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Zebras, Technology, and Next Gen Stats in the NFL-Part 1

On a day that a Bears quarterback broke historical records, I had a chance to talk with some of the people shaping the future of football.

NFL: Tampa Bay Buccaneers at Chicago Bears Quinn Harris-USA TODAY Sports

Zebra Technology, Part 1

On Sunday, I had a chance to meet with the people behind the NFL’s Next Gen Stats, Zebra Technologies. I learned a number of things, not the least of which is that I am ready for this technology to be put into even wider use throughout the league.

At its simplest level, Zebra uses small RFID devices to track things. They track a lot of things. The company has a presence in shipping and logistics, in medicine, and now in sports. They keep track of players on the field and the ball in the air. They actually keep track of the referees, too. They obviously produce a wealth of data from all of their tracking, and that data has the potential to change the game even more than it already has.

Obviously, there are diehards who like to talk about the human element of the game. There are fans who feel that using RFID chips instead of human judgment somehow takes the passion out of football. I have a couple of responses to this, but the first one is one that the casual fan is simply going to have to take my word on--John Pollard, the VP of Business Development for Zebra, is not going to take the passion out of anything. This is a man who loves his football.

What they do

Before explaining Zebra’s contributions to football in any greater detail, I have to admit to a certain sense of amusement over the name. I associate “zebras” with the refs in football, and this last week of football demonstrated--once again--that the refs are not exactly perfect when it comes to making accurate and precise calls. There is a big difference between Gene Steratore’s use of an index card to determine a first down in a Cowboy-Raiders game and what I saw in action on Sunday.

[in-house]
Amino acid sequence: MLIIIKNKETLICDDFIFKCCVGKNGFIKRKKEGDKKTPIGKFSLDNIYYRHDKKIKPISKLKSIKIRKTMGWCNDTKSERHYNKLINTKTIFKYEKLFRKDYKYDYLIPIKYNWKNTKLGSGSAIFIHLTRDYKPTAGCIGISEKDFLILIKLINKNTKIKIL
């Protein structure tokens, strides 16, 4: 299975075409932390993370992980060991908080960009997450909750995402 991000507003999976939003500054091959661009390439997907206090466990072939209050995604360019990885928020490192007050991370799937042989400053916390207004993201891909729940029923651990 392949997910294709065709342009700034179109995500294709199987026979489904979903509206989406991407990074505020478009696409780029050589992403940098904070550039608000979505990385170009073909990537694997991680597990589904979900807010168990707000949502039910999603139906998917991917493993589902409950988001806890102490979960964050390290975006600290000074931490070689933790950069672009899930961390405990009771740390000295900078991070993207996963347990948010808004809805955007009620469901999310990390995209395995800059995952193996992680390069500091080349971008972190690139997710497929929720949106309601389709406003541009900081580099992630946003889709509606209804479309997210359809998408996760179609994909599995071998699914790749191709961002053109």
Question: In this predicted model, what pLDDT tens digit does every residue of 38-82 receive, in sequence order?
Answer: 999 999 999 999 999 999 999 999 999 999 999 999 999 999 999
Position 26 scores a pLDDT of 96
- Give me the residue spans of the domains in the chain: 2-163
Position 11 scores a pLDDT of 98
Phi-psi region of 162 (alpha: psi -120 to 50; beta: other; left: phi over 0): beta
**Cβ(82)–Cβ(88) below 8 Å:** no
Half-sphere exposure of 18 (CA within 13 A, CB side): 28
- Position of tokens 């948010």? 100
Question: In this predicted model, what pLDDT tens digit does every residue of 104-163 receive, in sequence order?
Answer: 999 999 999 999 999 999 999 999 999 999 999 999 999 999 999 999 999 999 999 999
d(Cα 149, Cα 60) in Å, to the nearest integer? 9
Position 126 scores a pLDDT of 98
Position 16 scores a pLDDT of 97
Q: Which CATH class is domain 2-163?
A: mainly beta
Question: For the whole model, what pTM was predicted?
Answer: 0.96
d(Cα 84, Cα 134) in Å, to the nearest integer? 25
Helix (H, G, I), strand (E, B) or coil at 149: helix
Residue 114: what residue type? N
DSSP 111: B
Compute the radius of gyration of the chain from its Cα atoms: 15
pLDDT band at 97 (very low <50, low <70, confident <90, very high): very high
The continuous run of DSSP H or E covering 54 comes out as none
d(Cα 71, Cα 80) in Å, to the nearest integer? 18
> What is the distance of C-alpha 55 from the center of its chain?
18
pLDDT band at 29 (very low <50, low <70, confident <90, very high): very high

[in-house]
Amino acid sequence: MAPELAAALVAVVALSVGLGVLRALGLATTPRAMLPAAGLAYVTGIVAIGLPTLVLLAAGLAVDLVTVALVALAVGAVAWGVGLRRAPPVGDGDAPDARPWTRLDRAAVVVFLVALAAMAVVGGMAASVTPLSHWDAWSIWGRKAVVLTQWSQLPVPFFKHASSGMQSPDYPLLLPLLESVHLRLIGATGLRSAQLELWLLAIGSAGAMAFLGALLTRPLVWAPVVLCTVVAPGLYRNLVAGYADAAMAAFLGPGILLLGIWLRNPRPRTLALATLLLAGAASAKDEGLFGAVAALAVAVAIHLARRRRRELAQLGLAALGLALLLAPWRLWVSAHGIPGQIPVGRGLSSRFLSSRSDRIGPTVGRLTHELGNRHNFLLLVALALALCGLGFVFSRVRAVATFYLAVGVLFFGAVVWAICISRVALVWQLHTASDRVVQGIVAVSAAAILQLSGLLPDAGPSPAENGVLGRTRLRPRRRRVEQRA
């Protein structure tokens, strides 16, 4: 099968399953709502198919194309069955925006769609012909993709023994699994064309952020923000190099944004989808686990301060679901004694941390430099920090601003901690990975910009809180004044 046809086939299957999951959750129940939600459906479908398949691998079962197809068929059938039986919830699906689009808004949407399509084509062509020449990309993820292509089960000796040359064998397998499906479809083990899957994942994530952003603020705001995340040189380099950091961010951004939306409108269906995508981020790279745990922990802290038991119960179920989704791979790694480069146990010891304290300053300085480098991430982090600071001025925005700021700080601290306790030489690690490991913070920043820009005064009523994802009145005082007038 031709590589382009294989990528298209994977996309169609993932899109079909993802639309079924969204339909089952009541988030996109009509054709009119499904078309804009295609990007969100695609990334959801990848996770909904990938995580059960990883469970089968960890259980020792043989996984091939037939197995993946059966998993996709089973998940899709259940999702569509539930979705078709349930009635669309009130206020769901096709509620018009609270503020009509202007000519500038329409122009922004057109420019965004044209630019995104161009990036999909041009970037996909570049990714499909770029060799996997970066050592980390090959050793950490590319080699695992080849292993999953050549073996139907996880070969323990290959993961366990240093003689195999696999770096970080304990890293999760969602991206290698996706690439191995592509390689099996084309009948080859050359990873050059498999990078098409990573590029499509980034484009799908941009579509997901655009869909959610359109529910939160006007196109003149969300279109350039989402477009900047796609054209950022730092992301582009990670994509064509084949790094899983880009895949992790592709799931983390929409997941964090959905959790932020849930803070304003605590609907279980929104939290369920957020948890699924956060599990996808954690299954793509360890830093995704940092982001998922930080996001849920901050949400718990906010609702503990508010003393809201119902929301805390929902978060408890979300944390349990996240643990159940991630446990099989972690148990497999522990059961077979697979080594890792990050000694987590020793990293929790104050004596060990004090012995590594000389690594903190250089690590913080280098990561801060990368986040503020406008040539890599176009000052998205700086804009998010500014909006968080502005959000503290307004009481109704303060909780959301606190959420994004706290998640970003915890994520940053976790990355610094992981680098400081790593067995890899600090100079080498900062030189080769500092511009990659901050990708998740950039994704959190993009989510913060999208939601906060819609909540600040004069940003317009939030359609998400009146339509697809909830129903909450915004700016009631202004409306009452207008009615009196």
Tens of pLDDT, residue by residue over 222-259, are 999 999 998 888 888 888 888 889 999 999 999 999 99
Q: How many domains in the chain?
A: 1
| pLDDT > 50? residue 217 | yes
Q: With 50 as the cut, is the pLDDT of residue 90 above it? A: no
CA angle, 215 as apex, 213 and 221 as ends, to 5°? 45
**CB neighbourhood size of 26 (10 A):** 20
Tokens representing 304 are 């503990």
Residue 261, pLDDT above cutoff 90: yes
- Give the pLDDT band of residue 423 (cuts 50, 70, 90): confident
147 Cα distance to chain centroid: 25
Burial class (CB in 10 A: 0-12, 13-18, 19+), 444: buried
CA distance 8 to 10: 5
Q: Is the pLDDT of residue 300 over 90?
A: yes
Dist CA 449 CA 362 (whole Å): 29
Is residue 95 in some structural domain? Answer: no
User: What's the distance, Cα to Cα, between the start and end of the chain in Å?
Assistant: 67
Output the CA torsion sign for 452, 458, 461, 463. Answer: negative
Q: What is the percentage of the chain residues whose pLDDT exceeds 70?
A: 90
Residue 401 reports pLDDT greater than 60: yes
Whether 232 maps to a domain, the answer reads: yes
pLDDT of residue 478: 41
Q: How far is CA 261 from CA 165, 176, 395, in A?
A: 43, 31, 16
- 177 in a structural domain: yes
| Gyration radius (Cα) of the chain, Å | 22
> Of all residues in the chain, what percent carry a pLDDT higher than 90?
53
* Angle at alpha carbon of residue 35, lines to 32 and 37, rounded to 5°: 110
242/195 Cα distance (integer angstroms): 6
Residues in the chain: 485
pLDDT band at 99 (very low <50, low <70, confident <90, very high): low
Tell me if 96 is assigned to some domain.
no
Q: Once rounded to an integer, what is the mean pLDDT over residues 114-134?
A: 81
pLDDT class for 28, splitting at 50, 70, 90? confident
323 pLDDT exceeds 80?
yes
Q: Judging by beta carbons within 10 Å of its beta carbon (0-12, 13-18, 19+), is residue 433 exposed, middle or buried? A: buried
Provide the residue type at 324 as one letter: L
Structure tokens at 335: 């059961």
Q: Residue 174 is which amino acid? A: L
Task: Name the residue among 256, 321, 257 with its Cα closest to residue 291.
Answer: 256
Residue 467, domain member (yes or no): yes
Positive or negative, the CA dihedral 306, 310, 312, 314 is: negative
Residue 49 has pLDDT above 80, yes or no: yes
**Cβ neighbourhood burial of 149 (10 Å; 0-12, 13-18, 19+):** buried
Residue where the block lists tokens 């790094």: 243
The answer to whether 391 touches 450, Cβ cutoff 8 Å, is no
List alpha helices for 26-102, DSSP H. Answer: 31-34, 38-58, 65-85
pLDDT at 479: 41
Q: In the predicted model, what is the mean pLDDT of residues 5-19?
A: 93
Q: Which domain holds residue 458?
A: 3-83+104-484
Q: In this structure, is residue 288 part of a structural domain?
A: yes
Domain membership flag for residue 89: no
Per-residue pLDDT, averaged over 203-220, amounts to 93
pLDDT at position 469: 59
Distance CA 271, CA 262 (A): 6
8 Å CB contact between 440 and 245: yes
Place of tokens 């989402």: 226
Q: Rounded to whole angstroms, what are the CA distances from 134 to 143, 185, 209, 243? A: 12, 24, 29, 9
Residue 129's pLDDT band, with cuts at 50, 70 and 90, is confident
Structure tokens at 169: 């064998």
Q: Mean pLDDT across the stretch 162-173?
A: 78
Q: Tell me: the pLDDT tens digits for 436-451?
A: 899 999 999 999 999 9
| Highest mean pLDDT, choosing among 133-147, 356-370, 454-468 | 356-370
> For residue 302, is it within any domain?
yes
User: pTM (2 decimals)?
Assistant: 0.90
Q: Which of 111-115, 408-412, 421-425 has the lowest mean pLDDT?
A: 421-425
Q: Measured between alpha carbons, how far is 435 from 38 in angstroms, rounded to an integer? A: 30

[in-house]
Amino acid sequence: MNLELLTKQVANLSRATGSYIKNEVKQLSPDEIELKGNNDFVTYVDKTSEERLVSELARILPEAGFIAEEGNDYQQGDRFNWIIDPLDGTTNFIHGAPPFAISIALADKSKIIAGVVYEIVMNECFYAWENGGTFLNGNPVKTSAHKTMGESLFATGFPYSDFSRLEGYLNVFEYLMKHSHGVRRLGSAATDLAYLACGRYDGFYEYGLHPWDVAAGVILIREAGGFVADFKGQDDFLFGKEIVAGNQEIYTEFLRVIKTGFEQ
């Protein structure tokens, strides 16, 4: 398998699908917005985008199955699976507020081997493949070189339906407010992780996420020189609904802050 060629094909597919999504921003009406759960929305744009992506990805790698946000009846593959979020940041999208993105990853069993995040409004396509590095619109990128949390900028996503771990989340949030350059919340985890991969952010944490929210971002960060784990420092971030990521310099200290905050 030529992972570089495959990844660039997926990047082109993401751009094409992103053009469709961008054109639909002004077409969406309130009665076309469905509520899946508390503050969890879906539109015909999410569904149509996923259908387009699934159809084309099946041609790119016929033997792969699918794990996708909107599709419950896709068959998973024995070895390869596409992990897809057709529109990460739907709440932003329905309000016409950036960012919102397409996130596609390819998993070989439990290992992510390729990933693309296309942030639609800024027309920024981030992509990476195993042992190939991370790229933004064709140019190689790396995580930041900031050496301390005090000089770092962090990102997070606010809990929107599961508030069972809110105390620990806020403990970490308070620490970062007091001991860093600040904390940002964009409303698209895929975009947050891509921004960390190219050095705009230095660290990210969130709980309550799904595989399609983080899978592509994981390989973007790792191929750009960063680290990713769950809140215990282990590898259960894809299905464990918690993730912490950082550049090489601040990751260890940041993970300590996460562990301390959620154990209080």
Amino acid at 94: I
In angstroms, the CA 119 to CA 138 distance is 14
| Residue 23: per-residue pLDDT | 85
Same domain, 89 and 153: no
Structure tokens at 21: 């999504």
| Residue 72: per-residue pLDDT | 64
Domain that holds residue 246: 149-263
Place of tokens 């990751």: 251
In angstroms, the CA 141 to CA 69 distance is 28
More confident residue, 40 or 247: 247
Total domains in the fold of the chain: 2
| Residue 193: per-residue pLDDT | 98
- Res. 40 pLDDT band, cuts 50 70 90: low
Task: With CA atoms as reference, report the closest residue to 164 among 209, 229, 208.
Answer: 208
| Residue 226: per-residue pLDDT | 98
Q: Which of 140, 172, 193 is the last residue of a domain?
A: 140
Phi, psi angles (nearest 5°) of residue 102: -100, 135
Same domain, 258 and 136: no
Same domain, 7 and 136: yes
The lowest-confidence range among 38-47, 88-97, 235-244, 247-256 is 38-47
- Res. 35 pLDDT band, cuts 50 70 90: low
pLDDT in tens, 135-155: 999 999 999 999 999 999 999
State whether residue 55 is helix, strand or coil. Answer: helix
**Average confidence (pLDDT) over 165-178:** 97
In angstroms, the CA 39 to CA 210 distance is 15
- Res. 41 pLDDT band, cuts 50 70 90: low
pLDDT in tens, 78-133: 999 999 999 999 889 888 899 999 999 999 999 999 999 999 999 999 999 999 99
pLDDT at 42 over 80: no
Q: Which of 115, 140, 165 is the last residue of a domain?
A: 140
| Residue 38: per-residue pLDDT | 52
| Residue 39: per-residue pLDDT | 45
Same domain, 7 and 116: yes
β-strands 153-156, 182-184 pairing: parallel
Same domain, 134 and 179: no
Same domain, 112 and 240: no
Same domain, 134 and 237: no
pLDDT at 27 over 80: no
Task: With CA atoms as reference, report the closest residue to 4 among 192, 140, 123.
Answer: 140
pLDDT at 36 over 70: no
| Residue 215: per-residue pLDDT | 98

The company has twenty-two sensors in place around the stadium, and they have chips inside shoulder pads for every player (with a third chip to track linemen who might drop their shoulders down when lining up) and in the balls. They track the refs, too, which means that Zebra tracks the zebras (sorry, I couldn’t help it). As a result, they can tell how fast Jordan Howard runs when he hits a hole and they can determine the closing speed of a linebacker trying to cut him off.

The operation includes three people in a booth--or a catwalk, or wherever the stadium finds to host them--checking each other’s work and tracking not just what happens on the field but also checking in with the NFL head office regarding how plays are classified. At any given time, they know who is on the field and they also know the players’ directions and speeds.

It’s important to note that their RFID technology is not the only option available to the game of football. Some systems use optics, like the way tennis determines if a ball hits a line or not, and others use GPS. Pollard explained to me, however, that optics are hard to use in football because of the number of bodies piling up next to each other and that GPS has a lag built in that isn’t suffered by the RFID system that relies on the receivers in the same stadium, instead of relying on satellites that are a bit farther away, to say the least.

What they do for teams

Pollard demonstrated the difference between his data and what most fans used to have access to using a reference Bears fan should appreciate. He pointed out that it didn’t matter what 40-yard-dash time Dick Butkus might have had, his sideline-to-sideline speed when closing on another player was terrifying in his era. What Zebra’s technology does is quantify that closing speed and then put it into context with the rest of the league.

One thing that might surprise the casual fan is how much information they have that is not used. With transmitters sending a signal more than ten times a second, they told me that they can tell me the speed of a pass and even the rotations on the ball in the air--basically, they literally know how well a quarterback is ‘spinning’ it. The rifling of a pass by Mahomes, Trubisky, or Watson could—in theory-be compared. However, not all of this information gets released.